“…we, whose names are underwritten, men of Ulster, loyal subjects of His Gracious Majesty King George V., humbly relying on the God whom our fathers in days of stress and trial confidently trusted, do hereby pledge ourselves in solemn Covenant…”

“In sure confidence that God will defend the right, we hereto subscribe our names.”

That such national and religiously motivated documents were possible in the early 20th Century should be of no surprise. What might be more surprising is that the echoes continue to ring over one hundred years later, and into the ‘secular’ 21st Century – but nation and tribe has always been a part of human identity, and so it remains.

And the contemporary echoes are interesting for another reason – for this time the nation itself is the “shining light”.

Whatever we think of the torturous relationship between politics and religion, national identity and one’s identity as a citizen of the Kingdom of Heaven, the idea that the nation itself can provide the light we and others need requires a self-confidence beyond that which either the Irish Republicans of the Easter Rising or the Irish Unionists of the Ulster Covenant claimed for themselves.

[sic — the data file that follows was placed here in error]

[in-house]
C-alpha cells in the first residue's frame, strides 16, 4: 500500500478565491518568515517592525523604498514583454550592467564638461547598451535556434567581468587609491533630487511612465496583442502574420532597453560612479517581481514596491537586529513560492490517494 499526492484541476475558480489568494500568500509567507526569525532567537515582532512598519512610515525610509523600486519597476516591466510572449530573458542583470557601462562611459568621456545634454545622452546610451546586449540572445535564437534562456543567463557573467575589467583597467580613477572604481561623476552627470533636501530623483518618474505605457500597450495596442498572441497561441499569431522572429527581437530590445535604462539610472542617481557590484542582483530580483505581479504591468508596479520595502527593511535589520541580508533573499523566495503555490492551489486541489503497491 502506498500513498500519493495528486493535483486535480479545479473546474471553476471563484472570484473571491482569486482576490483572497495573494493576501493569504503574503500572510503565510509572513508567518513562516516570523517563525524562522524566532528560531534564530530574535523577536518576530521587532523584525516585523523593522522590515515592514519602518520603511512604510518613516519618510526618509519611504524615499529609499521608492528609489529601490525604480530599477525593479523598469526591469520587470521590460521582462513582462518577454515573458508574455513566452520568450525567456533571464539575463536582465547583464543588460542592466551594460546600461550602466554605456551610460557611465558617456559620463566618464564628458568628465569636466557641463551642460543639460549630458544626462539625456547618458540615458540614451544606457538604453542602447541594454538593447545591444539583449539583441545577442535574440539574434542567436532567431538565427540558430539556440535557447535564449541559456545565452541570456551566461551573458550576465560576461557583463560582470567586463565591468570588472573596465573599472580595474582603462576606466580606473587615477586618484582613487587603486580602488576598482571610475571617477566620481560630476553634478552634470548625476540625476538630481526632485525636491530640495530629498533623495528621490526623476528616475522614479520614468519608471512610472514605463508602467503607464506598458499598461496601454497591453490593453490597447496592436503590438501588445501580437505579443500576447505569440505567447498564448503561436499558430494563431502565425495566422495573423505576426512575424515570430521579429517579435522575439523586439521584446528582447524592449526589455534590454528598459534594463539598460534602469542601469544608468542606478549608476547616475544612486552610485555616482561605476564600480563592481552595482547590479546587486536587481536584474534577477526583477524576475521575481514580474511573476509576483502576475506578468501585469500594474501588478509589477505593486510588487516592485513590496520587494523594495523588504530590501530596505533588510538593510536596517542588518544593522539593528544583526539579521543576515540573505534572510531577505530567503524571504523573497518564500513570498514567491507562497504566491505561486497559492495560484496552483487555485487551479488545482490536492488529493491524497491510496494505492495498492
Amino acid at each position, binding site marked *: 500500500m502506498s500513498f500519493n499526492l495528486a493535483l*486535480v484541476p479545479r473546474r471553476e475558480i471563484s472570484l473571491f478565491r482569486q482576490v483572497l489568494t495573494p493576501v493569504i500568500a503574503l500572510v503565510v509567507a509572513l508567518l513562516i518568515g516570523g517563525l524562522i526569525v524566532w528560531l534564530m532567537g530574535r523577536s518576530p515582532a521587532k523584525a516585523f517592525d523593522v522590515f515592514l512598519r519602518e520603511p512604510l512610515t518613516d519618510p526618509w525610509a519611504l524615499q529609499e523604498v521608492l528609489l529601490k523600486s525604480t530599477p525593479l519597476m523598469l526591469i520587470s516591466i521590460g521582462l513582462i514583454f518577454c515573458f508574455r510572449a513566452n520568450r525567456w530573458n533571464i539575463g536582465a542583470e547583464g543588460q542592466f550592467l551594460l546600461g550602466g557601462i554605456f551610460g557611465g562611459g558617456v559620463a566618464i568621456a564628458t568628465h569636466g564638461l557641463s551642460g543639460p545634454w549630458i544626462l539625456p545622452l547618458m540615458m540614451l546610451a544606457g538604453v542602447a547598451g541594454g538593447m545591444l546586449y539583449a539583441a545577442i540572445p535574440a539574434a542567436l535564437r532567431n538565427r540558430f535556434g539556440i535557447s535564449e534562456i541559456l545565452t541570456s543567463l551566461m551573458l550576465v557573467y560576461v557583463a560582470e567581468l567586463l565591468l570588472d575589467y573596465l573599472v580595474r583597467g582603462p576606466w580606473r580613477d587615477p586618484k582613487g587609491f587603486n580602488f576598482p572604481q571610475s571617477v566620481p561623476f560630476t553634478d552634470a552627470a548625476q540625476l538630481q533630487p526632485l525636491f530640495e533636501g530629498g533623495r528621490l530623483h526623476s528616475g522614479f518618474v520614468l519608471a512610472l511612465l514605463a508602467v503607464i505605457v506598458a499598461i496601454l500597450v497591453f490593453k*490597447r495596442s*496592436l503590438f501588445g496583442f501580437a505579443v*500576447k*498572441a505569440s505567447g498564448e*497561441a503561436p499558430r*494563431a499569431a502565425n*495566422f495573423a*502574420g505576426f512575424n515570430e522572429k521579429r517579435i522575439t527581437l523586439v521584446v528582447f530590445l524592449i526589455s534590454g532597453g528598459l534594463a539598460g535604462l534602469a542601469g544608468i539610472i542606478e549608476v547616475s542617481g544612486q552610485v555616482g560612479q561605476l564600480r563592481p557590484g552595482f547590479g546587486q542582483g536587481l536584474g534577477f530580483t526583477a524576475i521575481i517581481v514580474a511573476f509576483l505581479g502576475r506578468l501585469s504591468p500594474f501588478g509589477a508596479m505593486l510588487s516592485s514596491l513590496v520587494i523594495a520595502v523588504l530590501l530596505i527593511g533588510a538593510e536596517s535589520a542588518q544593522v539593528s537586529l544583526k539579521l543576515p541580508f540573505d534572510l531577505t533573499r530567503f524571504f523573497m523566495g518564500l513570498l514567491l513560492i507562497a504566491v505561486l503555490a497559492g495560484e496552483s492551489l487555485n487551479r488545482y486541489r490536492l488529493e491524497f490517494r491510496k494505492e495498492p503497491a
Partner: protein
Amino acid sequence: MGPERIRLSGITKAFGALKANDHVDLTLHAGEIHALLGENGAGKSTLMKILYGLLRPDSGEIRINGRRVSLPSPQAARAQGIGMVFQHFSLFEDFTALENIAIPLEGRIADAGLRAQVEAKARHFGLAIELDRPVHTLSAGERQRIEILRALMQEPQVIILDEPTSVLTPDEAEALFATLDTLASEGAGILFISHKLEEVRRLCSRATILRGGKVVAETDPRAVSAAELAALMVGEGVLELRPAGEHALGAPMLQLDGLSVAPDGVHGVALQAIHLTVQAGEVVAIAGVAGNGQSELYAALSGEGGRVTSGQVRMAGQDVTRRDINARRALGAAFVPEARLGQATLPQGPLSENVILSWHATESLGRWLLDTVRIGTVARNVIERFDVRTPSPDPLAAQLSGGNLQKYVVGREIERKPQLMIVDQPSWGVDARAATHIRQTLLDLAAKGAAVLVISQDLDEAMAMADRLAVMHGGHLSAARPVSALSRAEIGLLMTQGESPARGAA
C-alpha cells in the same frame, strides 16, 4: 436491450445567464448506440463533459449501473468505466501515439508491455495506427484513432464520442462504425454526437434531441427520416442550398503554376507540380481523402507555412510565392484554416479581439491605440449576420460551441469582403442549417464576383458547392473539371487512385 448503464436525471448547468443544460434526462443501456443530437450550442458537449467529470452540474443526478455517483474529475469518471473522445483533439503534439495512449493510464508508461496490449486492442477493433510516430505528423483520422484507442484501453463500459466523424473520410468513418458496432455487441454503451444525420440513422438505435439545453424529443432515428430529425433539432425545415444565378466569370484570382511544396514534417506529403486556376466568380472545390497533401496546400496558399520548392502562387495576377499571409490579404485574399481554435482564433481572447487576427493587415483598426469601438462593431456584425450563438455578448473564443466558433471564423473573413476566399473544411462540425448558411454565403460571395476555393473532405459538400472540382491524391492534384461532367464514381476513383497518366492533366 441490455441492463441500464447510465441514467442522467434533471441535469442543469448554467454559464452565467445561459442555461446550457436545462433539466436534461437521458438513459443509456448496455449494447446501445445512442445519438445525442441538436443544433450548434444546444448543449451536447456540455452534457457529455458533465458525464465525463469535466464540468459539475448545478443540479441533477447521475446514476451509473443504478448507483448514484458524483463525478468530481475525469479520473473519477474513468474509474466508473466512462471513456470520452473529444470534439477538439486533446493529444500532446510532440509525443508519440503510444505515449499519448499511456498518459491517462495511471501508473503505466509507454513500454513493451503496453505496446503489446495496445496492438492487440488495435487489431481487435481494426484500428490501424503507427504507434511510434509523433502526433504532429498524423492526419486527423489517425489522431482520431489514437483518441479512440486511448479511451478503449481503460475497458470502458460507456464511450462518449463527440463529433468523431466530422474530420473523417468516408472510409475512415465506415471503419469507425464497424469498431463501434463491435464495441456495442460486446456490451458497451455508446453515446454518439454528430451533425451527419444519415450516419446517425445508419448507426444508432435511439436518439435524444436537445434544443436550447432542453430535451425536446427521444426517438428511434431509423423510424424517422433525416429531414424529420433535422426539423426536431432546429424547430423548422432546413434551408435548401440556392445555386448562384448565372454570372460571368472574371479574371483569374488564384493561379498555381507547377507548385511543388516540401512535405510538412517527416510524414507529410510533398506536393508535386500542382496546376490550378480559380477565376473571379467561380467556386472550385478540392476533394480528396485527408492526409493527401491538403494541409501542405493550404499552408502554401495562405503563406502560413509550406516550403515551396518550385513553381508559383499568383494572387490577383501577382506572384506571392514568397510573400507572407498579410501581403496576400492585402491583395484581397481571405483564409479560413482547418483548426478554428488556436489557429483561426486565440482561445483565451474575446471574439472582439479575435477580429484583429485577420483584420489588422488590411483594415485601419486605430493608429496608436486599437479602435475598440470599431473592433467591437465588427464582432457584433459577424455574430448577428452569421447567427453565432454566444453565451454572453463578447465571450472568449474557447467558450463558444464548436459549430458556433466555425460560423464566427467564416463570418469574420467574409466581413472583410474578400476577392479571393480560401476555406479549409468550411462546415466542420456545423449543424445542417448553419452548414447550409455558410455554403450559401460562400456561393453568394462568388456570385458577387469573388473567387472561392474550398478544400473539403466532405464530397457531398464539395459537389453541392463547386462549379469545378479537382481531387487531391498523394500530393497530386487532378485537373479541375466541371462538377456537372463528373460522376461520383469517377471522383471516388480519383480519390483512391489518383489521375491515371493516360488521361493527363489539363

But national identity and the personification of the nation is an enticing and enduring myth, and a useful story of oneself. And, like many of the stories we tell ourselves, it is intended to promote self-confidence and self-identity.

Beyond it’s more recent history, Ireland is awash with myths and identities.
Among her earliest inhabitants were the Tuatha De Danann (the People of the Goddess Dana), driven underground by the invading Milesians to become the spirits, gods and fairy-folk of the Otherworld – Tir na nOg – the Land of the Young. And they live still, by their magic arts and cloak of invisibility among the green mounds and ancient fortresses of the land. People whose fairy thorns and fairy mounds must not be disturbed.